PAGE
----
Perpetrators of violence often try to avoid responsibility for their abusive behaviour.

They may blame someone or something else. They may find excuses for their verbal and physical abuse such as, “they were in a blind rage,” or, “they were so out of control with their anger that they did not know what they were doing.”

As well, they may blame their behaviour on their partners, an abusive childhood, stress, alcohol problems, their cultural background, financial problems, or their personalities (i.e. an “intense personality; a tendency to “over-react”).

Unfortunately, sometimes professionals, such as counsellors and lawyers, also hold beliefs about violent behaviour that excuse perpetrators of responsibility for their own behaviours.

Nobody knows why some people are violent in their intimate relationships.

Many studies have been done, but nobody has been able to find a “cause” of violent behaviour. In any case, we believe that there are no acceptable reasons for one partner abusing another in an intimate relationship.

It is not surprising that many victims are also confused about their partner’s violent behaviour, and do not understand why he does such mean and hurtful things. In our view, this “failure to understand” is another way that victims resist abuse. It shows that victims know that there are no acceptable reasons for abusive behaviour.

We have found from our experience in working with perpetrators that their abuse is planned and deliberate. The most obvious ways perpetrators show that their abusive behaviour is deliberate is by trying to stop victims from resisting.

The following are some additional ways that perpetrators show they actually do have control over their behaviour:

  • The perpetrator can suddenly change his behaviour in the middle of an abusive episode. A woman noticed her partner was able to stop his verbal attack when a friend unexpectedly showed up at their door. He quickly switched from being enraged to pleasant and friendly.
  • The perpetrator threatens to be abusive if the victim does not do as he wishes. A man, who had smothered his wife on several occasions with a pillow, threatened further smothering to attempt to control her.
  • The perpetrator does not abuse others – only his wife. A husband excused his behaviour towards his wife by saying he was “overtired” or “stressed”. However, she noticed that he chose to be kind and considerate to others when he was tired and stressed. Apparently, he was able to choose the target of his “stressed” behaviour.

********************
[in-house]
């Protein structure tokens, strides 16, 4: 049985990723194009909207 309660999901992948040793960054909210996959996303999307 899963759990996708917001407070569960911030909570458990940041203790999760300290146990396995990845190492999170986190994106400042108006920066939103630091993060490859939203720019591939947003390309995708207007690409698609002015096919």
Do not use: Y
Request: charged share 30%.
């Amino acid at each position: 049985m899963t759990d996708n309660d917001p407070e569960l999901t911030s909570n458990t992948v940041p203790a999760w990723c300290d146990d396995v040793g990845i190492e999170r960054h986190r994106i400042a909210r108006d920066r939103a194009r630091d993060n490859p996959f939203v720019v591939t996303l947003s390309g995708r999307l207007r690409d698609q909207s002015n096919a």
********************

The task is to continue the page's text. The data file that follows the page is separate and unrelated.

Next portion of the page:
• The perpetrator makes decisions about the type and amount of abuse. Even when they become abusive, perpetrators have rules about how far they will go. For instance, one may never physically hit their partner. Their abusive behaviours may instead include throwing objects towards her, and being verbally abusive. Other perpetrators will push, grab, or slap, but they will not punch their partner. Others will never use a degrading name, but they will constantly criticize.
  • Perpetrators are selective about where they will inflict injury on a victim’s body. Victims of physical abuse often say that perpetrators bruise them on parts of their bodies where the bruises will not be seen. Abusing victims in this manner allows perpetrators to better escape the consequences of their actions from others. Other perpetrators have deliberately assaulted their partners on their faces, thinking that they will then stay home and not dare to show their bruises to others. Actions such as these by perpetrators suggest that they are quite purposeful about how and where they are physically abusive towards their victims.
  • Perpetrators are selective about when and where they will be abusive. An example of this behaviour is when a wife disagreed with something her husband said while they were together in the mall, but rather than responding abusively in public, her husband waited until they were in the privacy of their car before attacking her verbally. In contrast, other victims report that their partners wait until they are in a public situation to humiliate the victim by insulting her in front of others.

Exercise for victims of abuse

Reflect upon some of your partner’s abusive behaviours. Can you see evidence that these behaviours were deliberate, controlled, or planned? Does he act differently towards you when there are other people around? How has he attempted to stop your resistance to his abuse? Does he treat others with respect, and you with disrespect? Write down all of the evidence you have that indicates his abuse was deliberate. What is it like for you to think of the perpetrator’s behaviour in this way?

To learn more about how women resist abuse in intimate relationships, read the Calgary Women’s Emergency Shelter’s publication, Honouring Resistance.